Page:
What is phased retirement?
The term phased retirement refers to programs in which workers can reduce their working hours in lieu of immediate retirement. An employee would draw a reduced salary, which she would supplement with distributions from her employer’s retirement plan. Such plans can in some circumstances be positive for both the employee and the employer.
Are phased retirement program currently permitted to pay retirement benefits to employees who reduce their hours?
This depends. A profit‐sharing plan can pay benefits to still‐employed individuals. A pension plan historically could not pay benefits until an employee had separated from service, but the Pension Protection Act now permits such plans to pay benefits to active employees after they turn 62. A 401(k) plan can make payments to an employee once he attains age 59.5, even if he is still employed.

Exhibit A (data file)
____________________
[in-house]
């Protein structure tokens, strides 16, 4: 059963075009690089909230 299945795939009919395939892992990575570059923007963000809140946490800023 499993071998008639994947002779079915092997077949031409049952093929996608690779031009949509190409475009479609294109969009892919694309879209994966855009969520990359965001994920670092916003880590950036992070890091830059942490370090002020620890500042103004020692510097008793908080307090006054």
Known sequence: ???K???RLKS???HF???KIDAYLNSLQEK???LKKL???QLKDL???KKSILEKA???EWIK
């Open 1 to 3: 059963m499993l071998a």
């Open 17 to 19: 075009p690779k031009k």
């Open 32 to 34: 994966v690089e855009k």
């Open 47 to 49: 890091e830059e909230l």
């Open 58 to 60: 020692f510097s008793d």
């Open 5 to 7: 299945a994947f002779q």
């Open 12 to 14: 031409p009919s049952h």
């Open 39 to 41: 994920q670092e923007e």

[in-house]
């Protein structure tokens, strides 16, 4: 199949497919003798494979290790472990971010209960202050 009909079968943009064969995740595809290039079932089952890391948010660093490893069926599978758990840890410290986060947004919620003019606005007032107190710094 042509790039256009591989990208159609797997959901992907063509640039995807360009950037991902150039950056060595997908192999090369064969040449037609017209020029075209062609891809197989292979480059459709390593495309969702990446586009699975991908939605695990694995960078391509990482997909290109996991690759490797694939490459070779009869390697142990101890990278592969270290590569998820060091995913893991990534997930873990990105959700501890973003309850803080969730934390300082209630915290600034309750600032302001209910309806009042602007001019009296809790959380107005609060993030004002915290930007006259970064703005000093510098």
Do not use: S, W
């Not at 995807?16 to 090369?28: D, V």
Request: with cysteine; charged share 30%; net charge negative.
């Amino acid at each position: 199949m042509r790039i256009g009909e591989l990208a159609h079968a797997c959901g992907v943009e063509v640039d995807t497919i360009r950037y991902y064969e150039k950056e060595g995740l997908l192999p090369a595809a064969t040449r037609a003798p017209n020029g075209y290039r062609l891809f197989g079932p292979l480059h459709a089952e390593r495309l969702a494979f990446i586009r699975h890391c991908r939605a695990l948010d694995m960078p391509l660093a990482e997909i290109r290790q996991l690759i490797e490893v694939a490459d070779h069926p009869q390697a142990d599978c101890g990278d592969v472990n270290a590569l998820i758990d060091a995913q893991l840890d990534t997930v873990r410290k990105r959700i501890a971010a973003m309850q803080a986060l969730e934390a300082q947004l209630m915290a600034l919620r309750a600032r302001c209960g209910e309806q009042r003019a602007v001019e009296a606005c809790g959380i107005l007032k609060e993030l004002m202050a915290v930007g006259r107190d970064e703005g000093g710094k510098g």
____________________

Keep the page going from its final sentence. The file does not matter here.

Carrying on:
What are some of the concerns with phased retirement?
1 For example, assume a pension plan that provides 1% of final pay, multiplied by years of service. Further assume a 60-year-old employee who earns $50,000 per year, and thus has an accrued benefit of $10,000. The employee reduces her hours and is paid $25,000 for five years and then retires. Her benefit under the plan is now 25% of $25,000, or $7,500–$2,500 less than it was five years earlier. It should be said that there are some arguments under current law that such a reduction is illegal.< Back